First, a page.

Intermediate Practice Techniques
Once you’ve covered the basics in French, it’s time to start to challenge yourself with longer and more complex phrases. Be sure to watch our video series on improving your French pronunciation through listening before we get started.
With the pronunciation feature from our intermediate program News in Slow French, you have the ability to practice your listening and speaking skills together. One of our hosts will say a sentence in French, you can listen to it and record yourself as you try to match their pronunciation. This is an excellent way to train your ear to recognizing and imitating the sounds of the French language. Subscribers to our program get 6 new sentences extracted from our current episode each week, but you can try one here:
Let’s apply the techniques we learned in the video series to sentence practice.
Click and give the sentence a listen a few times. First, focus only on the intonation, the musical sound of the phrase. Perhaps hum it to yourself a few times. Then, click the record button and say the sentence, matching its intonation as best you can. Listen back to your recording and compare it to the original sentence.
Follow the same process for each of the pronunciation layers we discussed in our video series:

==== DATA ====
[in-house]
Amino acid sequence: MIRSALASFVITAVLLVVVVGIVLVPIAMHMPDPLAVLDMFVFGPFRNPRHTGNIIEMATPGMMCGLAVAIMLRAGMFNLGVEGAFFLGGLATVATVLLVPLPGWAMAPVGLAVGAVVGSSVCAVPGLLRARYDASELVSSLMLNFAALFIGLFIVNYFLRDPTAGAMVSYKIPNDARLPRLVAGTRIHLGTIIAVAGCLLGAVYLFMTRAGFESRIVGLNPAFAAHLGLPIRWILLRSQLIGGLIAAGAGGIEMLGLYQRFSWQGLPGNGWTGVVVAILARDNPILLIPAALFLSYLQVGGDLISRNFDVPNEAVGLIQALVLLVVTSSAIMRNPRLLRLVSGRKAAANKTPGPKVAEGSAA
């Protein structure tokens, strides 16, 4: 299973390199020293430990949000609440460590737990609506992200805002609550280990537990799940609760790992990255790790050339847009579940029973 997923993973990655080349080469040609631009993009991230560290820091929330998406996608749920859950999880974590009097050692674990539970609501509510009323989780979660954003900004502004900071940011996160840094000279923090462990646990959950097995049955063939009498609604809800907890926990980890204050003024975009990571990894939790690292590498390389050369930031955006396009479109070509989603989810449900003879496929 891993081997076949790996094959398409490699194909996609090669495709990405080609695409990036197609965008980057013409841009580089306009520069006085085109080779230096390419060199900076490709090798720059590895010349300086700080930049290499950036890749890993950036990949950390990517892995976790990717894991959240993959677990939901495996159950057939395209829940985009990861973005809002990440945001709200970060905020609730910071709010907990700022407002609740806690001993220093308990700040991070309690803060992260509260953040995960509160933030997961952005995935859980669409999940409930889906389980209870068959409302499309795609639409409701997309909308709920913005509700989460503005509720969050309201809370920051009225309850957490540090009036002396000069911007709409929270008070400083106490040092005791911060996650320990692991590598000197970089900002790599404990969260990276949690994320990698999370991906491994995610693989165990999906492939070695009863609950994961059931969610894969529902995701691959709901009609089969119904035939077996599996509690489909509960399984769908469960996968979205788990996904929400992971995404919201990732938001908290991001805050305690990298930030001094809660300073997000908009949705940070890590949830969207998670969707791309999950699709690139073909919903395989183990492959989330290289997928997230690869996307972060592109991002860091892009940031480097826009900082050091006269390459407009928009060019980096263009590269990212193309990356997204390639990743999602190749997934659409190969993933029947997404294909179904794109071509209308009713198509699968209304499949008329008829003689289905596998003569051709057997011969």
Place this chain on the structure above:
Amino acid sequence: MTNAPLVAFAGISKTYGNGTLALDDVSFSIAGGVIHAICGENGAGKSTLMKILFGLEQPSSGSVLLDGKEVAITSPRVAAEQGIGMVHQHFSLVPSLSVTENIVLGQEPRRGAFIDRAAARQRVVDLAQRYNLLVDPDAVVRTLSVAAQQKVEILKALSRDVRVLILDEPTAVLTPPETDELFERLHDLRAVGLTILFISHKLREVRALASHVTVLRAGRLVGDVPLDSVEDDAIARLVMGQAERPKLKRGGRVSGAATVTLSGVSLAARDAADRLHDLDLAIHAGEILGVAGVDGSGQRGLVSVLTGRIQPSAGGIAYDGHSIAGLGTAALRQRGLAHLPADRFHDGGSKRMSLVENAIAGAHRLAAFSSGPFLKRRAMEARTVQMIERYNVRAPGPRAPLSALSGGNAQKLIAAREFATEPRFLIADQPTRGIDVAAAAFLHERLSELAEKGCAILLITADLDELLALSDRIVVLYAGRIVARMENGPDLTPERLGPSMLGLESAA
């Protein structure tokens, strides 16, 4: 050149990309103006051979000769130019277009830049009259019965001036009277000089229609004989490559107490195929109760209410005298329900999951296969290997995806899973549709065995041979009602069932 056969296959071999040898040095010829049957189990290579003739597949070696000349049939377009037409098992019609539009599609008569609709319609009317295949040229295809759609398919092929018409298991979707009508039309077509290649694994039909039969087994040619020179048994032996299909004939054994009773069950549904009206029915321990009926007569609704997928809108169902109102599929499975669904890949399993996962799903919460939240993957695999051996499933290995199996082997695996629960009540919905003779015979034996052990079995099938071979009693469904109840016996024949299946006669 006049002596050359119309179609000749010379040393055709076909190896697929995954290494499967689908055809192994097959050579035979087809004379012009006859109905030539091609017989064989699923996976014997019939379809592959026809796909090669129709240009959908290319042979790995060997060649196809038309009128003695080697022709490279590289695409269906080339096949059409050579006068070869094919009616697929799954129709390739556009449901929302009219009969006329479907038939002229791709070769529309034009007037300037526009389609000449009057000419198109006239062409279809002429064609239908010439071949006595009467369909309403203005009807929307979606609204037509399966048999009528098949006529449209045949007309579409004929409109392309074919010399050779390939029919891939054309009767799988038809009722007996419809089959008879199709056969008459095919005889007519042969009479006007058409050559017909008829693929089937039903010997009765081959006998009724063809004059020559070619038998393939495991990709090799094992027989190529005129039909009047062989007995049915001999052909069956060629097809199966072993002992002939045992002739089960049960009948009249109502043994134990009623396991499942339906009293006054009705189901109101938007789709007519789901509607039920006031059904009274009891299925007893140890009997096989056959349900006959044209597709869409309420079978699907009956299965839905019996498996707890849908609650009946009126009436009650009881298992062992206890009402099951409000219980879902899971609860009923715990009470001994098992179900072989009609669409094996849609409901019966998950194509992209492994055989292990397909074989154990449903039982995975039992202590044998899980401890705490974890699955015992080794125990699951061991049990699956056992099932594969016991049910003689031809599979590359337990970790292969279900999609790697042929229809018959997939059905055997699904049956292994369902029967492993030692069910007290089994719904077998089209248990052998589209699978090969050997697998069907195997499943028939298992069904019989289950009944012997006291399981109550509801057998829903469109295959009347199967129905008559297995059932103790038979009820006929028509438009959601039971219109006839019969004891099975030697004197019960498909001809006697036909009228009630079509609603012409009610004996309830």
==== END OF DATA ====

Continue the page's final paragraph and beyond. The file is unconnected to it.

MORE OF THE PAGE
Step 1: Listen to and copy the intonation.
Intonation is the “speech music” of language: high and low sounds, or tones, as well as rhythm.
Step 2: Notice and imitate the forward vowel placement.
Vowel placement refers to where you place emphasis when you create vowel sounds, in the front, center, or the back of the mouth, in particular. Vowel placement can differ widely from language to language.
Step 3: Say the sentence with the vowel sounds only.
Vowel sounds are made by adopting specific articulation of the tongue and mouth in a completely open an unobstructed way.
Step 4: Add the consonants back in.
Consonant sounds are all the rest of the language sounds. Not completely open, but obstructed in some way by the mouth or tongue.
Remember, there’s no need to force yourself. Developing proper French pronunciation happens slowly over time.